Non-Fiction

The Art of Combat

1064350

The Art of Combat

by Joachim Meyer

Translated by Jeffrey L. Forgeng


Review

4 shammie war

 

This is a translation of a text from that was written in 1570 by Joachim Meyer.  It is a full guide to German martial arts of the time. The introduction is very informative and gives historical details of the time that helps the reader to fully understand the text. This includes earlier forms of martial arts and how they were taught compared to Meyers preferred method.

The actual writing is fairly easy to understand and pretty fun to read. The translator Jeffrey Forgeng mentions that there was difficulty in translating exactly and he did the best that he could.  The writing is very colorful and sometimes rather comical (to me anyway).  Many texts of the past come off as dull, however this is clearly not.  Some spots can get a little confusing, but that’s not the case overall and a quick look at the illustrations when available helps out a lot.     

This book has re-printings of original black and white, wood-cut prints, which are quite beautiful.  They were apparently very expensive to produce at the time.  The illustrations are actually quite useful as you’re trying to grasp the instructions. The book goes through the long sword, Dusuck, a rapier, and staff weapons.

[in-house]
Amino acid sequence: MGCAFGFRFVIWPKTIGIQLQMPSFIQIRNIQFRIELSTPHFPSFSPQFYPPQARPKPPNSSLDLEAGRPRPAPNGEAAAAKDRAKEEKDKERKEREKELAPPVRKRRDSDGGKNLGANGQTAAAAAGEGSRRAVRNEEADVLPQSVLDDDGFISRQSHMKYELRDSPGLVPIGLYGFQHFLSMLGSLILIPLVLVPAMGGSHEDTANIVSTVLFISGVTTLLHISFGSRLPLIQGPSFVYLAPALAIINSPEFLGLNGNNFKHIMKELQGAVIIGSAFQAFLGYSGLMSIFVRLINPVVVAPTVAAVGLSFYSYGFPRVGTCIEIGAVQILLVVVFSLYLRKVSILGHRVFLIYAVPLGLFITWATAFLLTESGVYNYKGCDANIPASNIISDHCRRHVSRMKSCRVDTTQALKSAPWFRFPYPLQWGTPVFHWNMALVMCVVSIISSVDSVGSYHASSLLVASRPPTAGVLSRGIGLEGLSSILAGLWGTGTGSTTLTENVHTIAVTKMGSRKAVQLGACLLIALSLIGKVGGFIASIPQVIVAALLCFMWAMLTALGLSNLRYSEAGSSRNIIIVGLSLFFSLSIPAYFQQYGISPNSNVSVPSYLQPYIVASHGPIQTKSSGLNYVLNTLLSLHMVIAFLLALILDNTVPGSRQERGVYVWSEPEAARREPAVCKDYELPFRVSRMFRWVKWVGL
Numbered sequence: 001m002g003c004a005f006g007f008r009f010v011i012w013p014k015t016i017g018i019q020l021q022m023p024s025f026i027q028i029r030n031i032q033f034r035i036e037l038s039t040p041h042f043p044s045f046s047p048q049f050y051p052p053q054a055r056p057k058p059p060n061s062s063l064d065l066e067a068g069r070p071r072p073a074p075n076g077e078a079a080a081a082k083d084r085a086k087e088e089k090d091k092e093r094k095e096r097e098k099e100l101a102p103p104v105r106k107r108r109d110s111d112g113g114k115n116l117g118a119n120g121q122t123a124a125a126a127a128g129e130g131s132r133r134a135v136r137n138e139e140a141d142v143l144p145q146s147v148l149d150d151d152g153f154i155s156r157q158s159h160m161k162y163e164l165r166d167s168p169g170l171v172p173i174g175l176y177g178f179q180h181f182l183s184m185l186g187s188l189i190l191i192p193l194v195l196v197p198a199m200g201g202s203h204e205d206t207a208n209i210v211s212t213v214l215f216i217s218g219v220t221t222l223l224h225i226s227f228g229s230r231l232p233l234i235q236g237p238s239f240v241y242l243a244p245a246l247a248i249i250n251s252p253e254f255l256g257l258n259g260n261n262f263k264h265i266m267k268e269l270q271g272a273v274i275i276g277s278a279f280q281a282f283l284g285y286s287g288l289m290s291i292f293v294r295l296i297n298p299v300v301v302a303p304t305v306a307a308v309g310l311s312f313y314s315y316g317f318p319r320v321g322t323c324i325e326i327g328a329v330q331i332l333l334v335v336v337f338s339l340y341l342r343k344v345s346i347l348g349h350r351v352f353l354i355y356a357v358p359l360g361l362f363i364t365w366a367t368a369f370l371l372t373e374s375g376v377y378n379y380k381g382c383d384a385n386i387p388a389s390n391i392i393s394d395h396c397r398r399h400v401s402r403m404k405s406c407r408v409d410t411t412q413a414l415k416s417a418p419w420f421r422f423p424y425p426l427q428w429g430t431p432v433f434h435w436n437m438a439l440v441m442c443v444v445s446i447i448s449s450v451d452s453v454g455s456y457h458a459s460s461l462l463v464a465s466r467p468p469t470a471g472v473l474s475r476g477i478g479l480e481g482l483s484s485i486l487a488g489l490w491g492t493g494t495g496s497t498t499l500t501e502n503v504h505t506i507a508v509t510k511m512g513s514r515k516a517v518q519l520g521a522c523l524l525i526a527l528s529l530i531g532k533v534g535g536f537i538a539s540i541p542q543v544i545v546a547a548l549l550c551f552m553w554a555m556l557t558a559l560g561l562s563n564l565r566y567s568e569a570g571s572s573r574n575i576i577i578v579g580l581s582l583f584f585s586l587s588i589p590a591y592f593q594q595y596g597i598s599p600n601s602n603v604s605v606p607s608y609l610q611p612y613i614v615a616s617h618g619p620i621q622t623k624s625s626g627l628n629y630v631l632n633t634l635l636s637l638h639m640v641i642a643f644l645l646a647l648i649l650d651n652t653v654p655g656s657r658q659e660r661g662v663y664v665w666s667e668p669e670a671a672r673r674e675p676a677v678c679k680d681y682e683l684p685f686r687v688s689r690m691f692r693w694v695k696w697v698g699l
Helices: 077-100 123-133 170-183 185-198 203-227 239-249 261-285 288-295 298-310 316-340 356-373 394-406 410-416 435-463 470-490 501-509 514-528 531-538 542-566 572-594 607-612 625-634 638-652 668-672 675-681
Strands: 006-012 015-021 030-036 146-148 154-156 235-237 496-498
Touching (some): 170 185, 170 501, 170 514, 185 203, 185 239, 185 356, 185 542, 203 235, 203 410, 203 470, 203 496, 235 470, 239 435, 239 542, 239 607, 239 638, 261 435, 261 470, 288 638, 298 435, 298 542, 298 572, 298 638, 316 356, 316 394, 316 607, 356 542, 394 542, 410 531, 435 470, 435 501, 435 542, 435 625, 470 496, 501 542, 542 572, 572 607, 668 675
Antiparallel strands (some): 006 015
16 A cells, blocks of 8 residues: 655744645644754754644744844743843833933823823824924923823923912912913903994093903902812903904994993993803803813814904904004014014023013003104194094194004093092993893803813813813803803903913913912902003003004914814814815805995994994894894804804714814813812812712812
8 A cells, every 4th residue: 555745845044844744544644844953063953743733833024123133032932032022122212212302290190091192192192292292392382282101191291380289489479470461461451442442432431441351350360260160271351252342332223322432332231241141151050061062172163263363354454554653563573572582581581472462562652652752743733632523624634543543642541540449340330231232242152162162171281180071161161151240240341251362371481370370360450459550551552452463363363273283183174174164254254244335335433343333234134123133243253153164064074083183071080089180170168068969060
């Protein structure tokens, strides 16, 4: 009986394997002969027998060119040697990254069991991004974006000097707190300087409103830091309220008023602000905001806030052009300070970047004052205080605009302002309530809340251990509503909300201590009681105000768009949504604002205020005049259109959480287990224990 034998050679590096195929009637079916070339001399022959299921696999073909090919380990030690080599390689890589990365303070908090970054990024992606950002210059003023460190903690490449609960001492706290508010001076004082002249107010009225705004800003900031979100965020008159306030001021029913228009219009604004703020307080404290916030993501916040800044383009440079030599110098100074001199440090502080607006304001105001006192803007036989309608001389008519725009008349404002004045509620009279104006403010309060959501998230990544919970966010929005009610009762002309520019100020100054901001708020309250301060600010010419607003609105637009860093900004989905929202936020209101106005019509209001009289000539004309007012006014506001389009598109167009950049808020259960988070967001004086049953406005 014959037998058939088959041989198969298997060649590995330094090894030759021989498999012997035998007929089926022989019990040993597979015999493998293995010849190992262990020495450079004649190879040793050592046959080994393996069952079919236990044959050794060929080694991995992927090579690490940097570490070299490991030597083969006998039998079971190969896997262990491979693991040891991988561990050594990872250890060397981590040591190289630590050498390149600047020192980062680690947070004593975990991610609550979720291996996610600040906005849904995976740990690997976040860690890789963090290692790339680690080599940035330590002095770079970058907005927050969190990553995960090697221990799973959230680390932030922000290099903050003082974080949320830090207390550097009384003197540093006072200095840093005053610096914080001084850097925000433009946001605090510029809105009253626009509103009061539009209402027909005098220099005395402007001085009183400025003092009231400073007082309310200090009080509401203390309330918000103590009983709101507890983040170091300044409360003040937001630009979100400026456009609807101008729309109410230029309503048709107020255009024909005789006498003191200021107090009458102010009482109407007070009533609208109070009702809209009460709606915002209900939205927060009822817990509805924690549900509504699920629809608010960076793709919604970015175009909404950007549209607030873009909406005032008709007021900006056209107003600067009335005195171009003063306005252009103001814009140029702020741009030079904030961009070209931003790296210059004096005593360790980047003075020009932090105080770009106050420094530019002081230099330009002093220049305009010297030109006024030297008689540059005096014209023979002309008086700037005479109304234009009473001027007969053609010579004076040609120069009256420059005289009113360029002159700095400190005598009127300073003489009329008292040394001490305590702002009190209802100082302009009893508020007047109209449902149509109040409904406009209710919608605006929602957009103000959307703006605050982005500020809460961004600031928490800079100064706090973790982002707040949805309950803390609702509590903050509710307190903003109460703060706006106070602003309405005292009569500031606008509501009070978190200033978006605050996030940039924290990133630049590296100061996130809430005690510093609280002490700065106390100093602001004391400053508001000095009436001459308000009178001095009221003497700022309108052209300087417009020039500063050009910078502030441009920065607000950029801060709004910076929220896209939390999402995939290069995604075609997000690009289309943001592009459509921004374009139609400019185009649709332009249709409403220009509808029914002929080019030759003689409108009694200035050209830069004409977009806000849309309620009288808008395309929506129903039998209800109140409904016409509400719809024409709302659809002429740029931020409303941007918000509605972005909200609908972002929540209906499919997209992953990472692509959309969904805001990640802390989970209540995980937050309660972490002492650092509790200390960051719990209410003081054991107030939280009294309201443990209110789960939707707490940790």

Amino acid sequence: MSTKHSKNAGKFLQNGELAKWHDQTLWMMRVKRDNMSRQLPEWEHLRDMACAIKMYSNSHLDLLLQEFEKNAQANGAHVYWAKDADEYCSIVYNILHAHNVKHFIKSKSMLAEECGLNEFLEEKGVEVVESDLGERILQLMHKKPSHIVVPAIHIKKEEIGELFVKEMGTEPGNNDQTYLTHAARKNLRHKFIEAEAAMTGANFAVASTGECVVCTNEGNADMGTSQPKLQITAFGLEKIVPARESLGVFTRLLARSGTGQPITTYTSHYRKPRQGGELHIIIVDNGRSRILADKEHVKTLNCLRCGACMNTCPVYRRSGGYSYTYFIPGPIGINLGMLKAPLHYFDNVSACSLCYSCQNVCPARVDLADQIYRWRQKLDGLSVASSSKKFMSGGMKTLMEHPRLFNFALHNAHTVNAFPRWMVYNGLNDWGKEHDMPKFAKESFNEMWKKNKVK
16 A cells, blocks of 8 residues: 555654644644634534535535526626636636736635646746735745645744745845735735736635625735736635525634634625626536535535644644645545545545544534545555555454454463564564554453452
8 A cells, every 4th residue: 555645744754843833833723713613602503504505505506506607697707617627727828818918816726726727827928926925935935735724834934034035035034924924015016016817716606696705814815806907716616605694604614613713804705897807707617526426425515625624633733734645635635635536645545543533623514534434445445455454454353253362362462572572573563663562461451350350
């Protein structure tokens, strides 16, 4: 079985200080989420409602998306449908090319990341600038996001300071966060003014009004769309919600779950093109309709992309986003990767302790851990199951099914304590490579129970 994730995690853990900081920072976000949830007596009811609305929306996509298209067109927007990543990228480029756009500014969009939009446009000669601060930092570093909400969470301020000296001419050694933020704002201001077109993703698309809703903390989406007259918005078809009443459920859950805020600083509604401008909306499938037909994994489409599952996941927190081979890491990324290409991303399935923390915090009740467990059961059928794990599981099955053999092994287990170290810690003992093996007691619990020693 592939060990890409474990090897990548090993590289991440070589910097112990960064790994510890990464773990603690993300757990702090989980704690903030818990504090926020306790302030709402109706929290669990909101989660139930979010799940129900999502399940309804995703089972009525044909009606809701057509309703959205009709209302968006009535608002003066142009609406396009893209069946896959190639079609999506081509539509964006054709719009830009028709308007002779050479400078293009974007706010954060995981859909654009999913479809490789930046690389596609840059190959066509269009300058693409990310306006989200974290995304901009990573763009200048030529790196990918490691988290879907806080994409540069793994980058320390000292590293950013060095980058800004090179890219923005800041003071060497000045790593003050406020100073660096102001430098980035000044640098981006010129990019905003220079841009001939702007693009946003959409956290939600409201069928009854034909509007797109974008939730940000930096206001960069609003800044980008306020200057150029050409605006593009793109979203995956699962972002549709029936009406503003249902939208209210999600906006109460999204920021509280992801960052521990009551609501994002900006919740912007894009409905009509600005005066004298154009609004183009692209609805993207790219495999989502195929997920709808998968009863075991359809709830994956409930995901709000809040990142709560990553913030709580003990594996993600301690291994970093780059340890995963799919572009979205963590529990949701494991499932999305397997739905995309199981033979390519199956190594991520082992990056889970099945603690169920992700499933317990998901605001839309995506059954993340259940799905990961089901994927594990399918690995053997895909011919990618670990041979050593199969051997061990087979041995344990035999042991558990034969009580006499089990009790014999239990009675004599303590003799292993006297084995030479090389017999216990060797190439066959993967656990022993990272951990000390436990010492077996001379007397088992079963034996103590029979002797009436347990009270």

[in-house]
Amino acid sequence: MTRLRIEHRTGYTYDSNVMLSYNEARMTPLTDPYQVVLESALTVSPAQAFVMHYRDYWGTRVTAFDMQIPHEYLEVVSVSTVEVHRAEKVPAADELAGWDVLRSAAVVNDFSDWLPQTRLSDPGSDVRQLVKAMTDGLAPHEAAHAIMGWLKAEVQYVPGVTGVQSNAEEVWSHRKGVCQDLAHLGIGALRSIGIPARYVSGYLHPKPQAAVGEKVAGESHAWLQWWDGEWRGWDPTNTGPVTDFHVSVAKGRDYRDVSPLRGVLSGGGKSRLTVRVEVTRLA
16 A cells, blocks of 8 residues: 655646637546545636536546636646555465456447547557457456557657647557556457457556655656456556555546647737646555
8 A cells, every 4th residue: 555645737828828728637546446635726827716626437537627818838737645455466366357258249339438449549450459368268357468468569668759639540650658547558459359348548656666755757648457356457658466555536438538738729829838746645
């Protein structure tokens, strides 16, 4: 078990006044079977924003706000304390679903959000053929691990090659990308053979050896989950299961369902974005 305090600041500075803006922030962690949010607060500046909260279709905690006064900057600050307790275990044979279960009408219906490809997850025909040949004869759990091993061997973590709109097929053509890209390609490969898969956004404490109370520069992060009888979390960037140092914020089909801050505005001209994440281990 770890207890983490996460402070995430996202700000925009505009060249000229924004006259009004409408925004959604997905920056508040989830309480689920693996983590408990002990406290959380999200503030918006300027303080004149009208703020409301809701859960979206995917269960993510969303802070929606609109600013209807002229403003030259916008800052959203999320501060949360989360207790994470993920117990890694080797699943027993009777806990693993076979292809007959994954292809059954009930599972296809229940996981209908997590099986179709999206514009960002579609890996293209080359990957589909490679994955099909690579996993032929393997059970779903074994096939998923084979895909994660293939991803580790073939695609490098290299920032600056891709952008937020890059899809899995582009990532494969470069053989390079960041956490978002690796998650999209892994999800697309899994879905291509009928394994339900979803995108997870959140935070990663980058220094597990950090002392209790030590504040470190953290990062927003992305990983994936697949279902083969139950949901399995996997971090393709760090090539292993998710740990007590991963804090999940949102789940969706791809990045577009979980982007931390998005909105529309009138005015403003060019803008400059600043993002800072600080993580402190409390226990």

Overall, I liked this a lot.  This is good for anyone interested in historical warfare, martial arts, German history, or cultural changes in weapon use.  This is written at a time when martial arts are waning in favor of guns. Meyer was trying to preserve and promote what Meyer described as “the knightly and noble art of combat”.   You can tell throughout this book how proud and honorable he felt his craft was and this book is the result of such a passion.


Book Blurb:

Among the substantial legacy of martial arts texts left by combat masters working in the medieval German tradition, this book stands out as one of the most remarkable and important, translated for the first time in English by Jeffrey Forgeng. The only major original text in this corpus to be disseminated in print, Meyer’s manual is an ambitious comprehensive encyclopedia of traditional German martial arts, covering a range of weapons forms, and offering a rationalized introduction to a complex and organic tradition inherited from the Middle Ages.

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